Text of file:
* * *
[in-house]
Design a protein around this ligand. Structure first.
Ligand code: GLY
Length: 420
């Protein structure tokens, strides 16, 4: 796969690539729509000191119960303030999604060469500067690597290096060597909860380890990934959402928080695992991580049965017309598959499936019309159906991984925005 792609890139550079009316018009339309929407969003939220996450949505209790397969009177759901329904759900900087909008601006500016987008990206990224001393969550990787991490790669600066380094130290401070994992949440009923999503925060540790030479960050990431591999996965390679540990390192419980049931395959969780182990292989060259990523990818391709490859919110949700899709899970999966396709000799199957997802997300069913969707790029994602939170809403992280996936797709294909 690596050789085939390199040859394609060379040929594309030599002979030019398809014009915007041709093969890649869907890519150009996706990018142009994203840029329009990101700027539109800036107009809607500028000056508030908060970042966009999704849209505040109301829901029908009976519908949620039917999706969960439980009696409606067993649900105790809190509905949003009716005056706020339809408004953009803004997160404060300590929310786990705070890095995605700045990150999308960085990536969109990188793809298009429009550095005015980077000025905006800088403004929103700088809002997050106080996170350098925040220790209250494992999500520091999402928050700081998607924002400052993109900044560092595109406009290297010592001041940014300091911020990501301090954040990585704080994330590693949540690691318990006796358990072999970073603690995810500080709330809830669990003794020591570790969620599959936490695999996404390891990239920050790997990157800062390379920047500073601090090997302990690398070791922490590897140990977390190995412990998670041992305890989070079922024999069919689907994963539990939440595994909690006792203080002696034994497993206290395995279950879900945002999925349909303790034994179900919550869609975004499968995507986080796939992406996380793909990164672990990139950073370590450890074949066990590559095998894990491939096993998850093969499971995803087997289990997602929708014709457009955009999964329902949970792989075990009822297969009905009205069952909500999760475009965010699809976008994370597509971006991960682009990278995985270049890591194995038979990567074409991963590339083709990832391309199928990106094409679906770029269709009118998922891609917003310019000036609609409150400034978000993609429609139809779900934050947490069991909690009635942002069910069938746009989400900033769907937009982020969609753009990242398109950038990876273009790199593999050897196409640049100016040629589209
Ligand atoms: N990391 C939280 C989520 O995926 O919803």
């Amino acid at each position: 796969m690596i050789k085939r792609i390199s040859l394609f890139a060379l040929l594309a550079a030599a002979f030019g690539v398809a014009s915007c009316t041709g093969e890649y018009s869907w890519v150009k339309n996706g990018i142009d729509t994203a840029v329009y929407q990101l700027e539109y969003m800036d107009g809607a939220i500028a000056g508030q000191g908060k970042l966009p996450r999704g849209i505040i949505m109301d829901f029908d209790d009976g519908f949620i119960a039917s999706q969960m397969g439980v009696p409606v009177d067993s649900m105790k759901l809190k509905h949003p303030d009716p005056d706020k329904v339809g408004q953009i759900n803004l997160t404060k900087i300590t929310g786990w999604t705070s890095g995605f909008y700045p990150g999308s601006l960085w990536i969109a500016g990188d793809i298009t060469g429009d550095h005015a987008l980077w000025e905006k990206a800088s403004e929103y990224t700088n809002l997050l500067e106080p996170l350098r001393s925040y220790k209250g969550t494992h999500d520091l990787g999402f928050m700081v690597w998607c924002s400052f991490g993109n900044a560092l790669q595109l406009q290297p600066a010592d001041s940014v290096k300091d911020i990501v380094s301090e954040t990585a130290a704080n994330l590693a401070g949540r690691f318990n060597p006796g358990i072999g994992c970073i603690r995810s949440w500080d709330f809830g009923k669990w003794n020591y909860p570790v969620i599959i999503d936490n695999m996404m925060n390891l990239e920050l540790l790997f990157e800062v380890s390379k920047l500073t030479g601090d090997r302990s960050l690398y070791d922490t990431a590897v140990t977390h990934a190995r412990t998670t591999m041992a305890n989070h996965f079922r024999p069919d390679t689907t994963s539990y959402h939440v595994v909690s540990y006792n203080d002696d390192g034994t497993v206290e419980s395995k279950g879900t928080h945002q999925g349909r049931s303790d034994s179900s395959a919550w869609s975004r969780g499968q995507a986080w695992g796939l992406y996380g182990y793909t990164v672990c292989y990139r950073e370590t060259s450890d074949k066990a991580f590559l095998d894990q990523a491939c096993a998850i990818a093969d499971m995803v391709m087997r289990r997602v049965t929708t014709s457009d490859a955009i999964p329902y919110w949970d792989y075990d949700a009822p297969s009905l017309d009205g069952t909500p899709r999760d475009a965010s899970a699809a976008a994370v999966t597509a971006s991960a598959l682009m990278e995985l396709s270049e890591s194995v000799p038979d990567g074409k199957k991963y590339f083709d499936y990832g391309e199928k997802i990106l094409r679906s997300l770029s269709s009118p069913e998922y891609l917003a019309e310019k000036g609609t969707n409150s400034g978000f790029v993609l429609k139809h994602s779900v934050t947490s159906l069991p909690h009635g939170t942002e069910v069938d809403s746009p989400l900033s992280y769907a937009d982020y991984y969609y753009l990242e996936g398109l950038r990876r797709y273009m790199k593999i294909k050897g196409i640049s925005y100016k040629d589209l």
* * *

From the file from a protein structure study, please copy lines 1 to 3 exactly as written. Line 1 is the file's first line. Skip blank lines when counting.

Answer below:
[in-house]
Design a protein around this ligand. Structure first.
Ligand code: GLY